It's not safe here.
How could I have forgotten that the subway runs directly beneath the library's bottommost steam tunnels? When the MBTA was extending the Red Line, they had to dig that deep in order to avoid tunneling into our library's basement levels, which is why the escalator ride into the stations outbound beyond Harvard feel like slow-motion descents into the lower reaches themselves. The ghouls, packed thick into the subway tunnels, must have latched onto a scent above and scrabbled through the substrate - with so many claws and so much force bearing in the direction of what was probably the only living meat within miles it was only a matter of time before they found a way.
We discovered the breach about a half an hour ago, when one of the security guards noticed on the surveillance cameras that something was setting off the motion detectors down below in the Stacks. Sure enough, it was Professor X. A distinguished older gentleman from one of the more prestigious universities in Western Europe, he generally gave himself carte blanche to roam the halls of the library whenever he damned well please, whatever the rules were for anyone else. He was also a notorious technophobe, and probably hadn't even heard the news that the dead had risen and were now walking the Earth. We tried paging him over the intercom system, to no avail - either he didn't hear the message (our system being notoriously flaky and prone to breakdown here and there) or he had heard it and decided that the notice, however dire, certainly didn't apply to him.
Someone was going to have to go down there and get him...
"Professor X?" I called out with ax in hand. The cameras had last picked up the cranky old scholar on C Level, but having roamed that floor of the Stacks from East to West I hadn't turned up any sign of him. As I went to reach towards the door heading to the stairwell, however, I could hear what sounded like a scream coming from one floor up. My heart pounding, I crept towards the source of the noise, which was the break room just outside the access door to the Stacks.
I swiped my card to open the door and turned the corner to see Professor X holding one of the women from the janitorial staff above his head with what could only have been inhuman strength, his normally clenched jaws wide open and dripping with gore. He had already taken a bite out of the poor cleaning lady, whose brain was now exposed in a gooey parfait of cranial matter and blood. As he sensed the arrival of new prey, Professor X let out that awful moaning cry.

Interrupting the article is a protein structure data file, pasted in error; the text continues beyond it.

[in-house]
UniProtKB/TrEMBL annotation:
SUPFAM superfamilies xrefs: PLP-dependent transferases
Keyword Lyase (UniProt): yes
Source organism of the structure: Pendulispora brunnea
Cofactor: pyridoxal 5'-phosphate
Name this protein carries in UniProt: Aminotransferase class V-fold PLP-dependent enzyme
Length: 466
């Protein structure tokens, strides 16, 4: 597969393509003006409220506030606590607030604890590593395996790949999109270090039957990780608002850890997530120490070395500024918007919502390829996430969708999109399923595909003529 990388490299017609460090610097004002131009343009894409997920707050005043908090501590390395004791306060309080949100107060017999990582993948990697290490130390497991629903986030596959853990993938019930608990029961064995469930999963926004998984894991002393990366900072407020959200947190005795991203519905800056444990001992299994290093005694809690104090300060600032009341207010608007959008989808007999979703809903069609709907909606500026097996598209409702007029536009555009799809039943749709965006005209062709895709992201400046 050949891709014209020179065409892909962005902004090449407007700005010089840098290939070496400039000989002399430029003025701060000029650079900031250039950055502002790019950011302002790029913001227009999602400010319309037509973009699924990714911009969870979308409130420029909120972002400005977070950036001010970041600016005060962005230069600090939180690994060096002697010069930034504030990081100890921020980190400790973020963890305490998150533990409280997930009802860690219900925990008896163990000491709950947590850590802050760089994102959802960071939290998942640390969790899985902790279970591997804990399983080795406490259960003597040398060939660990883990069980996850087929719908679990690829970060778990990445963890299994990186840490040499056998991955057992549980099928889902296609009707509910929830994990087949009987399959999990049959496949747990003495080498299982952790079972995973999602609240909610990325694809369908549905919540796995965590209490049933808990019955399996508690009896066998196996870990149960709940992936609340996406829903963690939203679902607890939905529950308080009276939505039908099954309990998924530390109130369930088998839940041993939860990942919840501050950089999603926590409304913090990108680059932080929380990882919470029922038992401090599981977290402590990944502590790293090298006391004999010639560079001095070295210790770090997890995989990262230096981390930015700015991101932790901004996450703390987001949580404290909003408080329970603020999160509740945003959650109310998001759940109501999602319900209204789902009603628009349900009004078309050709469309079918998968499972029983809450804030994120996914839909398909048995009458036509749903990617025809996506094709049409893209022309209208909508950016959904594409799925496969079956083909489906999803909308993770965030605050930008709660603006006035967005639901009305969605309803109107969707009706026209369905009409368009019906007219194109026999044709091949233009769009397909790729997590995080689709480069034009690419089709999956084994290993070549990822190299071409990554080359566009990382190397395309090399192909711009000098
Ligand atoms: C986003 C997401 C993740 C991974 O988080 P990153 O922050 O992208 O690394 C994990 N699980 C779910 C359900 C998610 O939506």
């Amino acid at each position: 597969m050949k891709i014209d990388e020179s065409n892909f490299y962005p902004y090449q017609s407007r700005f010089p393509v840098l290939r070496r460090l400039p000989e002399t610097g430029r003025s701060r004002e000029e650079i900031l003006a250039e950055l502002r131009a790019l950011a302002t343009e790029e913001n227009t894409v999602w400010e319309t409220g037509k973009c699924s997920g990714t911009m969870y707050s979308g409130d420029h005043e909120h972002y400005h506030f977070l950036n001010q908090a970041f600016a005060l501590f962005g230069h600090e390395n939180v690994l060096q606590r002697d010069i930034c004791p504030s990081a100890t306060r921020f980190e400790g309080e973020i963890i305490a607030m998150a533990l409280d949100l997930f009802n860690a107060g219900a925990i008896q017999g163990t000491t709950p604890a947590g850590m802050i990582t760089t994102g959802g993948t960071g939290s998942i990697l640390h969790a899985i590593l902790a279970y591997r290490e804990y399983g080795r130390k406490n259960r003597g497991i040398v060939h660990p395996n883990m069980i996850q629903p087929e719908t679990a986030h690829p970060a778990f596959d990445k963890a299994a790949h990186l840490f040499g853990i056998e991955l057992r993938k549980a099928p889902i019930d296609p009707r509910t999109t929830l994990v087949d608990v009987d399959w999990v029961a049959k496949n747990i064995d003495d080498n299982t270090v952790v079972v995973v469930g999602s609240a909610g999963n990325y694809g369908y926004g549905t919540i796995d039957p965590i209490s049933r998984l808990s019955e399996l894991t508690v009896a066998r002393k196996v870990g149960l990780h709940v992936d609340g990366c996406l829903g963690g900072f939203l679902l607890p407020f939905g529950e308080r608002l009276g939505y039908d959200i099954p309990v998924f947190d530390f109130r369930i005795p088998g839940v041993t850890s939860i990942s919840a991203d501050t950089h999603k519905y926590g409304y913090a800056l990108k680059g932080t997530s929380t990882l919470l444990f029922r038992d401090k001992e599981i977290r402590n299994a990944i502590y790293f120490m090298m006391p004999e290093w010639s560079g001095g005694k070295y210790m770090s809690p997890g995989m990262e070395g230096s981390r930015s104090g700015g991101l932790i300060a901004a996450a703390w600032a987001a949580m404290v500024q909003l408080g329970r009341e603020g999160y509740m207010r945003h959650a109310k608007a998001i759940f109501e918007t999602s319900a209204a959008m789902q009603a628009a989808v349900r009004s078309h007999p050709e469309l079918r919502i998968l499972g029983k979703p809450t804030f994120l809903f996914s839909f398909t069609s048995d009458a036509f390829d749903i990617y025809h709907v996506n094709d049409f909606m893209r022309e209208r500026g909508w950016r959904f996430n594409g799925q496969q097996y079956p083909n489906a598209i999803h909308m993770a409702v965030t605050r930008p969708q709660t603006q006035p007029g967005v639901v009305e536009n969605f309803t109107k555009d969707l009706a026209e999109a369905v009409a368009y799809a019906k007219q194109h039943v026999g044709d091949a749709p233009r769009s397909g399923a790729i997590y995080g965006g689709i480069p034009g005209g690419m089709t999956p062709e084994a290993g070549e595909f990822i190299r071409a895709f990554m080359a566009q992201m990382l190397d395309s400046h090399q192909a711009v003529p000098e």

Gritting my teeth I swung the ax again, burying the blade into the septuagenarian faculty's shoulder. Professor X howled and raked his claws at me, just narrowing missing my face by centimeters. I pulled out the ax, which came free of the zombie professor's reanimated flesh with a sickening sucking pop, and tried again to cleave through his head.
That's when I heard more moans echoing from the still-open door to the Stacks behind me. They were answering his call! In a panic I dropped the fire ax and bolted out the break room. While these ghouls weren't quite the lumbering slowpokes from many a Creature Double Feature from the UHF Saturday afternoon television my youth, I was still able to escape back upstairs to the Circulation Desk, only to find that the zombies had already made short order of the rest of the assembled survivors - blood and guts spilled over the long wooden desk, and I could only vaguely make out who was who amid the remains. It was probably just as well. Had the ghouls left anything recognizably human, they would almost certainly have been turned into the living dead themselves.
I realized that my only chance lay in getting to the roof and hoping I could keep the zombies at bay as they attempted to mount the fire escape one by one, so without waiting to see who or what would lunge at me next I sprinted up the steps to the second and then third floor of the library, my pace quickened by the sounds of moaning and shuffling below. My ID card could not open the door permitting roof access, so I did what any former MIT student would do in such a situation and slipped the card in between the lock and the doorframe, desperate that an old hacker's trick would work in my hour of need.
CLICK! The door popped open and I was up on the rooftop, at which point my phone began to ring...